Spencer: Making a good first impression is vital; this goes doubly so for new comic series, which often have just one issue to hook a curious reader on their story. That puts a lot of pressure on first issues — they’ve got to introduce readers to the series’ premise, to a new cast of characters, perhaps even an entirely new world altogether, and if they want the reader to come back next month, they’ve got to do so in a manner that’s both coherent and entertaining. It takes a lot of finesse to find just the right approach to a first issue, and while Ray Fawkes and Marco Failla make some smart choices throughout Jackpot 1, their approach may nonetheless be flawed on a fundamental level.
The first problem comes on the very first page, where Fawkes opens his story in media res. The overuse of this technique has turned it into one of my biggest pet peeves, but I’ll admit that it can be done well in the right kind of story; this, though, isn’t one of those stories. The biggest problem is that the audience just doesn’t know who these characters are, and thus, doesn’t have any investment in whether they’re shot or not; I mean, we don’t even know for sure which characters here are the “good” guys! Fawkes had a lot of opportunities to do something interesting with this set-up, but ultimately, it plays out in the most predictable manner possible, and it never feels like the characters are in any real danger (or, at least, any danger from Eduardo). It’s a rather pedestrian way to kick-off a first issue.
The rest of Jackpot 1 fares better, if not extraordinarily. Fawkes and Failla tell the story of a group of con artists who are attempting to swindle a crime boss named Eduardo Moreno; instead of exploring how these characters came together or any long-term goals of their group (both of which are important but not at all urgent), Fawkes makes a smart choice to focus on the heist itself. After all, Jackpot is a heist book, and throughout this issue Fawkes and Failla prove that they can spin a compelling yarn around their central scenario.
The heist itself involves several members of the crew distracting Moreno with a game of cards (I’m assuming Poker, though it’s never actually stated) while their safecracker, Felicia Hyde, makes off with the loot. There’s some genuine tension in the scene where Felicia attempts to sneak past Eduardo’s guards (it’s almost straight out of Metal Gear Solid), generated both by her attempt and by the sudden, magical arrival of the bomb. Tam, Dominique, and Josef’s card scheme, meanwhile, has enough twists and turns to satisfy any heist fan. There’s one in particular, though, that works specifically because this is the first issue.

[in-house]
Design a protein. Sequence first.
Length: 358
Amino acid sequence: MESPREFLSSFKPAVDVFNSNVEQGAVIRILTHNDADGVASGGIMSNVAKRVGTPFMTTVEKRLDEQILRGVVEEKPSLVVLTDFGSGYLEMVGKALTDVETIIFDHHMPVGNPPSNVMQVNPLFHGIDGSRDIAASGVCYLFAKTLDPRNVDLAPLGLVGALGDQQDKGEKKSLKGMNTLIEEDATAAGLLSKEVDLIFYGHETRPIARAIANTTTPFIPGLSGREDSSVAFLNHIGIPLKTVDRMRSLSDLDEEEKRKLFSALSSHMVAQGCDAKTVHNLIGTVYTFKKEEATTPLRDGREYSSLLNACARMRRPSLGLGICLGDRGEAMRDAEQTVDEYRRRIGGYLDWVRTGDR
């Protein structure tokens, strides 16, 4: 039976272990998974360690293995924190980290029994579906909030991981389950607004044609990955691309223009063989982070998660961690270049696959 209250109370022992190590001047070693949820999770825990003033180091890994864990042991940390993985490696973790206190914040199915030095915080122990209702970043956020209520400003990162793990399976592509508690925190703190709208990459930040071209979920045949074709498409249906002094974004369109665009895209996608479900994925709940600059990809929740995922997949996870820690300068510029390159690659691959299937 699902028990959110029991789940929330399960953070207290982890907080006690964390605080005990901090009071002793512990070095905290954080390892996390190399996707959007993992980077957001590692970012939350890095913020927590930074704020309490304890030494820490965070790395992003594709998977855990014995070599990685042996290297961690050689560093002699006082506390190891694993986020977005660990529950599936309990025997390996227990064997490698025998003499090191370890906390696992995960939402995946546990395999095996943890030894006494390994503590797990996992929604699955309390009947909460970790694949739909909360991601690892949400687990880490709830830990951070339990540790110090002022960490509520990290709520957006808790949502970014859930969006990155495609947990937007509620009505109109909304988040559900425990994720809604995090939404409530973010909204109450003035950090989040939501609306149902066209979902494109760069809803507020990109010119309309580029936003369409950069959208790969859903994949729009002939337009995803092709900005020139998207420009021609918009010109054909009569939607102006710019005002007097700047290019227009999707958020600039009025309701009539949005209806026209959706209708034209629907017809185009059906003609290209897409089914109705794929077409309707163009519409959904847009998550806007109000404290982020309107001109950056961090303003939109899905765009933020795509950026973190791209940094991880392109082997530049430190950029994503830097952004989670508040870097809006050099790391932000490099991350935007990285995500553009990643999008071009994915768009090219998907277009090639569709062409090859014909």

This is a moment that genuinely surprised me, but it’s also one that could only work this early in the series, before Josef was established as a member of the team.
Fawkes also does some smart character work. The banter between Felicia and Forrest immediately establishes their close rapport, selling Forrest’s horror at her possible death later in the issue. Tam makes for a unique card shark; he’s described as the “poker face,” yet is high-strung and antagonistic throughout the entire game. Tam eventually flies off the handle when their plan calls for him to abandon the game, a trait that flies in the face of the typical “suave card shark” stereotype.
This moment is particularly shocking in hindsight, once we realize that Tam’s pointing a gun at his own teammate (and seems rather genuine about it). Tam’s temper could definitely be trouble for the team in the future.
Befitting the series’ lead, Dominique Vasko (the genius) is probably the issue’s most compelling figure. She masquerades for much of the issue as a flighty heiress, and it’s fun to look back and find hints of her true self hidden beneath the mask; at one point Dominique crawls over a guard to wipe up a spill, appearing to just be clumsy and perhaps a bit flirty, but we later realize that this is the moment where Dominique stole the guard’s gun. Fawkes and Failla never draw attention to it, allowing readers to come to the realization themselves, and I appreciate that kind of subtlety.
So I’ve found a lot of details that I liked about Jackpot 1 — why the negativity at the beginning of the article? The problem is that all these charming details are exactly that: details. What this issue is lacking is a strong premise to support them. The only elements here that stand out from a typical heist story are the faint hints of the supernatural (the spontaneous bomb, the council after Dominique), but they aren’t prominent enough to hang this whole series on yet. That’s a shame, because when Jackpot 1 was first solicited they seemed like they might actually be the issue’s strongest element.